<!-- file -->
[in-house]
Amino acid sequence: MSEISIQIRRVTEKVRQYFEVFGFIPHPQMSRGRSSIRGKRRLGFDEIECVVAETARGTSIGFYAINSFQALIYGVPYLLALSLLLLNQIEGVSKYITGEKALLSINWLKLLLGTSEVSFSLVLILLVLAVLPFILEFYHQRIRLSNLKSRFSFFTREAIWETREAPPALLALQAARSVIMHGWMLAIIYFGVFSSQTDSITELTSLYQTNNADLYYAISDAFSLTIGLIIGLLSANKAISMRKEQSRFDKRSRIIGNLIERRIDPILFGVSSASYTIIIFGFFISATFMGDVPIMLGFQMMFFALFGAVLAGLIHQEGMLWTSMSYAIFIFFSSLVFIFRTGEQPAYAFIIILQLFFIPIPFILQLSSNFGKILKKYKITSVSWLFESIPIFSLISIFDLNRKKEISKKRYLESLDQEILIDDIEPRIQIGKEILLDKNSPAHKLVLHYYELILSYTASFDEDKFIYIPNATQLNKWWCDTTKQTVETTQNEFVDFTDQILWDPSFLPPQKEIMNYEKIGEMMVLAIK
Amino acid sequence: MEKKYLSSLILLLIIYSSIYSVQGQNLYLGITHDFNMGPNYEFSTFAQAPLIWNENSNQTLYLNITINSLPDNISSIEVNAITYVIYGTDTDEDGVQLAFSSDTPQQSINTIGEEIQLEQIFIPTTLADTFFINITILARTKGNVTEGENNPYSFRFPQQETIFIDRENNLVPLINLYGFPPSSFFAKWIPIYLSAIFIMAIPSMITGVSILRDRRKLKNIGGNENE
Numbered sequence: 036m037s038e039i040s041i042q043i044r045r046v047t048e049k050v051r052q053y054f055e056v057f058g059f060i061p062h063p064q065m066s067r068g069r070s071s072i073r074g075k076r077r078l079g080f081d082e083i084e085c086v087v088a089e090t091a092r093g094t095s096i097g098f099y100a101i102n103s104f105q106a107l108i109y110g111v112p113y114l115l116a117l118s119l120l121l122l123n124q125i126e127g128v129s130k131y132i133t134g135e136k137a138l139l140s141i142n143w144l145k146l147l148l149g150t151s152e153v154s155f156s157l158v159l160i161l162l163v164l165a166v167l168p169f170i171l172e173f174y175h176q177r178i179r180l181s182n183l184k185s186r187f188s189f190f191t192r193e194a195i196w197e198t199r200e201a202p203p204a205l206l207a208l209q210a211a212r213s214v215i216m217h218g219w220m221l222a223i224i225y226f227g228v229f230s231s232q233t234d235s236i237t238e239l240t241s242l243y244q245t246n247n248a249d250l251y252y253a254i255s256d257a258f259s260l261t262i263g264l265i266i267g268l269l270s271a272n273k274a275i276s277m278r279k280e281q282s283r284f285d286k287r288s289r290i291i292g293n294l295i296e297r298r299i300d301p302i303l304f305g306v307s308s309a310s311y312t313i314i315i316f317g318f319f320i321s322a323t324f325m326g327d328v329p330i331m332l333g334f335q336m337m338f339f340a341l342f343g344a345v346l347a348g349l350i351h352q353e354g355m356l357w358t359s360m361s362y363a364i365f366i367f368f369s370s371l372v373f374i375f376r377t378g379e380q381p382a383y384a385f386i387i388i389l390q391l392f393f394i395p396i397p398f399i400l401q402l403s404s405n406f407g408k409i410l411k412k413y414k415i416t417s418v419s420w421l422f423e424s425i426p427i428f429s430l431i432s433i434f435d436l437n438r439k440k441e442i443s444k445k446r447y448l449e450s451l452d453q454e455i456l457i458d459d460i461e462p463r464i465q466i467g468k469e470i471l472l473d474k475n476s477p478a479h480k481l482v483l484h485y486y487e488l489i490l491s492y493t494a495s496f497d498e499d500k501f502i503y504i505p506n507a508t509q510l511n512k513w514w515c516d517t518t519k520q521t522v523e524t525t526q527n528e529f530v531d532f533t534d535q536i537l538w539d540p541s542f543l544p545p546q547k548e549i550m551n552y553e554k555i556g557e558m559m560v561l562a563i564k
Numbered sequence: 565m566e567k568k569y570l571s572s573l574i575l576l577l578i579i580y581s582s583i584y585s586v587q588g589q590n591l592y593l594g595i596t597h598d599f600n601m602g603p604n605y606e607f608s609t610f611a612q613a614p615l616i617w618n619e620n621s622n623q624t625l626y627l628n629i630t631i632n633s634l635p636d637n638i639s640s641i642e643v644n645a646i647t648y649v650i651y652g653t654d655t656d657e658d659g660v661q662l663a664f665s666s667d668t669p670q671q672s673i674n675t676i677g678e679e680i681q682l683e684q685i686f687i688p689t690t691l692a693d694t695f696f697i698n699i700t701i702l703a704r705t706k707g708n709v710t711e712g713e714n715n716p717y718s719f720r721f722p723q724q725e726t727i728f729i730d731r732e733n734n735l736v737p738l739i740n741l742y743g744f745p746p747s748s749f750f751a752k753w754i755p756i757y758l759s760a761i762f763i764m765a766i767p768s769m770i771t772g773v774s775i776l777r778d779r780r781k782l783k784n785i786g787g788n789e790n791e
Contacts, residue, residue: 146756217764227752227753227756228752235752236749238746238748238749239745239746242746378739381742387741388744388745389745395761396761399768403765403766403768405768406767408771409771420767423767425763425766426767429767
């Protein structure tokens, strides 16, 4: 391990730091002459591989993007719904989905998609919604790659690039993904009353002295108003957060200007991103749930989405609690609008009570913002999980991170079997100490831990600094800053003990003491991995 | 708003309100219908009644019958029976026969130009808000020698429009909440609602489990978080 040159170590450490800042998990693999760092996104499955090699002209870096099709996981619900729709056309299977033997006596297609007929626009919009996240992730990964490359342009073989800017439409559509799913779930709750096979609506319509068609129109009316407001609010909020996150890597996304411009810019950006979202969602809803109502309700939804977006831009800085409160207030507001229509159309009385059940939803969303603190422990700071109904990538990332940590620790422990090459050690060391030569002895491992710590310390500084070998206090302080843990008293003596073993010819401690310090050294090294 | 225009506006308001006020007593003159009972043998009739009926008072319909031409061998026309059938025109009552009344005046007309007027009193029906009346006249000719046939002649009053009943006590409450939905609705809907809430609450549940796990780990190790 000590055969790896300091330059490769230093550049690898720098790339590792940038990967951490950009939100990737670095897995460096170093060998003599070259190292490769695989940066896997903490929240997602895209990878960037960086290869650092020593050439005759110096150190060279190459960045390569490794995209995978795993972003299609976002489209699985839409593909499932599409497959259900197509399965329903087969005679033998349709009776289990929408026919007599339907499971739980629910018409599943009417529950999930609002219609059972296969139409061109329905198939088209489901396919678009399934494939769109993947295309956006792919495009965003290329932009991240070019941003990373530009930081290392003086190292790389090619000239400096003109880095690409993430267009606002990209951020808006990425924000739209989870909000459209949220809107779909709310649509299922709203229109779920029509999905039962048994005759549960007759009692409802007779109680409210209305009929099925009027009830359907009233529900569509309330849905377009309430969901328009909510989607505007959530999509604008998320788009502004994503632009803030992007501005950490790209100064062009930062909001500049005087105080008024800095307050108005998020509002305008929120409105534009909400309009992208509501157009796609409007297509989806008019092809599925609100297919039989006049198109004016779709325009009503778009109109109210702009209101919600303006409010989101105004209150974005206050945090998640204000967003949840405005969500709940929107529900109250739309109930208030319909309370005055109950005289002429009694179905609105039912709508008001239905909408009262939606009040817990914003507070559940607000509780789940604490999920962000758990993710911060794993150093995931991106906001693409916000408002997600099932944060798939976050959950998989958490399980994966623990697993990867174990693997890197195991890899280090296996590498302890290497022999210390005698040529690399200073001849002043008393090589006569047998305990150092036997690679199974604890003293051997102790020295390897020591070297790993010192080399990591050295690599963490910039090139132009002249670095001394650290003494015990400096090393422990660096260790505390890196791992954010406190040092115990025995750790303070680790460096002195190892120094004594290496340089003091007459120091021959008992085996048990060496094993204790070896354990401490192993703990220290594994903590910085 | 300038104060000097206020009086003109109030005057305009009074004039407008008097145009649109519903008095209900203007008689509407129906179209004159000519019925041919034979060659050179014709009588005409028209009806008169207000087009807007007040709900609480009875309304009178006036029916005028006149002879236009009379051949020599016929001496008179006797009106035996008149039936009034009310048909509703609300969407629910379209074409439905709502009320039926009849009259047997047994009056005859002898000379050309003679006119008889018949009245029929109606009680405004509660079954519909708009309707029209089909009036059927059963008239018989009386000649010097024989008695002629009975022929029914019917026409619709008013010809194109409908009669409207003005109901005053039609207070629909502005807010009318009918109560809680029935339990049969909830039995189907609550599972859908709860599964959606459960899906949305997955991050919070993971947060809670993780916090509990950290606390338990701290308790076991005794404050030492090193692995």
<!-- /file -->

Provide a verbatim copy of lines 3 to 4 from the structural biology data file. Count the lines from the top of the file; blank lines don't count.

Amino acid sequence: MEKKYLSSLILLLIIYSSIYSVQGQNLYLGITHDFNMGPNYEFSTFAQAPLIWNENSNQTLYLNITINSLPDNISSIEVNAITYVIYGTDTDEDGVQLAFSSDTPQQSINTIGEEIQLEQIFIPTTLADTFFINITILARTKGNVTEGENNPYSFRFPQQETIFIDRENNLVPLINLYGFPPSSFFAKWIPIYLSAIFIMAIPSMITGVSILRDRRKLKNIGGNENE
Numbered sequence: 036m037s038e039i040s041i042q043i044r045r046v047t048e049k050v051r052q053y054f055e056v057f058g059f060i061p062h063p064q065m066s067r068g069r070s071s072i073r074g075k076r077r078l079g080f081d082e083i084e085c086v087v088a089e090t091a092r093g094t095s096i097g098f099y100a101i102n103s104f105q106a107l108i109y110g111v112p113y114l115l116a117l118s119l120l121l122l123n124q125i126e127g128v129s130k131y132i133t134g135e136k137a138l139l140s141i142n143w144l145k146l147l148l149g150t151s152e153v154s155f156s157l158v159l160i161l162l163v164l165a166v167l168p169f170i171l172e173f174y175h176q177r178i179r180l181s182n183l184k185s186r187f188s189f190f191t192r193e194a195i196w197e198t199r200e201a202p203p204a205l206l207a208l209q210a211a212r213s214v215i216m217h218g219w220m221l222a223i224i225y226f227g228v229f230s231s232q233t234d235s236i237t238e239l240t241s242l243y244q245t246n247n248a249d250l251y252y253a254i255s256d257a258f259s260l261t262i263g264l265i266i267g268l269l270s271a272n273k274a275i276s277m278r279k280e281q282s283r284f285d286k287r288s289r290i291i292g293n294l295i296e297r298r299i300d301p302i303l304f305g306v307s308s309a310s311y312t313i314i315i316f317g318f319f320i321s322a323t324f325m326g327d328v329p330i331m332l333g334f335q336m337m338f339f340a341l342f343g344a345v346l347a348g349l350i351h352q353e354g355m356l357w358t359s360m361s362y363a364i365f366i367f368f369s370s371l372v373f374i375f376r377t378g379e380q381p382a383y384a385f386i387i388i389l390q391l392f393f394i395p396i397p398f399i400l401q402l403s404s405n406f407g408k409i410l411k412k413y414k415i416t417s418v419s420w421l422f423e424s425i426p427i428f429s430l431i432s433i434f435d436l437n438r439k440k441e442i443s444k445k446r447y448l449e450s451l452d453q454e455i456l457i458d459d460i461e462p463r464i465q466i467g468k469e470i471l472l473d474k475n476s477p478a479h480k481l482v483l484h485y486y487e488l489i490l491s492y493t494a495s496f497d498e499d500k501f502i503y504i505p506n507a508t509q510l511n512k513w514w515c516d517t518t519k520q521t522v523e524t525t526q527n528e529f530v531d532f533t534d535q536i537l538w539d540p541s542f543l544p545p546q547k548e549i550m551n552y553e554k555i556g557e558m559m560v561l562a563i564k